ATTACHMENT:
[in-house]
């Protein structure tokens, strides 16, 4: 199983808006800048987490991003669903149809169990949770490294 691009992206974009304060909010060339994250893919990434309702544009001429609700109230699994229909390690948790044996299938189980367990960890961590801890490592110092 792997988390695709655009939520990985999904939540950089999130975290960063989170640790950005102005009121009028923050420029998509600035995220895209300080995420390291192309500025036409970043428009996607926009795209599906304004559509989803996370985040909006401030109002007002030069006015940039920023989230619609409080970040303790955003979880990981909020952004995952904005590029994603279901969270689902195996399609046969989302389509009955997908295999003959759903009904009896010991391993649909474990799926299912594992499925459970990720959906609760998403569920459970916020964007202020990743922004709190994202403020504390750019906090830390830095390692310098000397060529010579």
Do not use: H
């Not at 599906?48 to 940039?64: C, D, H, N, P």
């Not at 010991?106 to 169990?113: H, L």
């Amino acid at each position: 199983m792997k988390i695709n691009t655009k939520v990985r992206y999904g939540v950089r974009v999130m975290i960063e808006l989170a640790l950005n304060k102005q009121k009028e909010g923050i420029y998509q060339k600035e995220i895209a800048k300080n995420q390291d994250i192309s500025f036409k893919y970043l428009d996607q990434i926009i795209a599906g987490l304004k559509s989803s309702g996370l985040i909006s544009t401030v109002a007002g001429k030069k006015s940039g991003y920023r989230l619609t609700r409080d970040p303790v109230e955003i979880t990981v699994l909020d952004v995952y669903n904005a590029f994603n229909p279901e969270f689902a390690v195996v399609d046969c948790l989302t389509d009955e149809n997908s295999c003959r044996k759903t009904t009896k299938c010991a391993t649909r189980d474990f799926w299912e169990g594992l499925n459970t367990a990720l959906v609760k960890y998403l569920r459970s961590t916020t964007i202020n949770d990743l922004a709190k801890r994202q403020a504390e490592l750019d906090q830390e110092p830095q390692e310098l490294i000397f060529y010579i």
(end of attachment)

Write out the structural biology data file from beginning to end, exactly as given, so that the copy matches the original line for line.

[in-house]
């Protein structure tokens, strides 16, 4: 199983808006800048987490991003669903149809169990949770490294 691009992206974009304060909010060339994250893919990434309702544009001429609700109230699994229909390690948790044996299938189980367990960890961590801890490592110092 792997988390695709655009939520990985999904939540950089999130975290960063989170640790950005102005009121009028923050420029998509600035995220895209300080995420390291192309500025036409970043428009996607926009795209599906304004559509989803996370985040909006401030109002007002030069006015940039920023989230619609409080970040303790955003979880990981909020952004995952904005590029994603279901969270689902195996399609046969989302389509009955997908295999003959759903009904009896010991391993649909474990799926299912594992499925459970990720959906609760998403569920459970916020964007202020990743922004709190994202403020504390750019906090830390830095390692310098000397060529010579």
Do not use: H
């Not at 599906?48 to 940039?64: C, D, H, N, P």
């Not at 010991?106 to 169990?113: H, L």
């Amino acid at each position: 199983m792997k988390i695709n691009t655009k939520v990985r992206y999904g939540v950089r974009v999130m975290i960063e808006l989170a640790l950005n304060k102005q009121k009028e909010g923050i420029y998509q060339k600035e995220i895209a800048k300080n995420q390291d994250i192309s500025f036409k893919y970043l428009d996607q990434i926009i795209a599906g987490l304004k559509s989803s309702g996370l985040i909006s544009t401030v109002a007002g001429k030069k006015s940039g991003y920023r989230l619609t609700r409080d970040p303790v109230e955003i979880t990981v699994l909020d952004v995952y669903n904005a590029f994603n229909p279901e969270f689902a390690v195996v399609d046969c948790l989302t389509d009955e149809n997908s295999c003959r044996k759903t009904t009896k299938c010991a391993t649909r189980d474990f799926w299912e169990g594992l499925n459970t367990a990720l959906v609760k960890y998403l569920r459970s961590t916020t964007i202020n949770d990743l922004a709190k801890r994202q403020a504390e490592l750019d906090q830390e110092p830095q390692e310098l490294i000397f060529y010579i």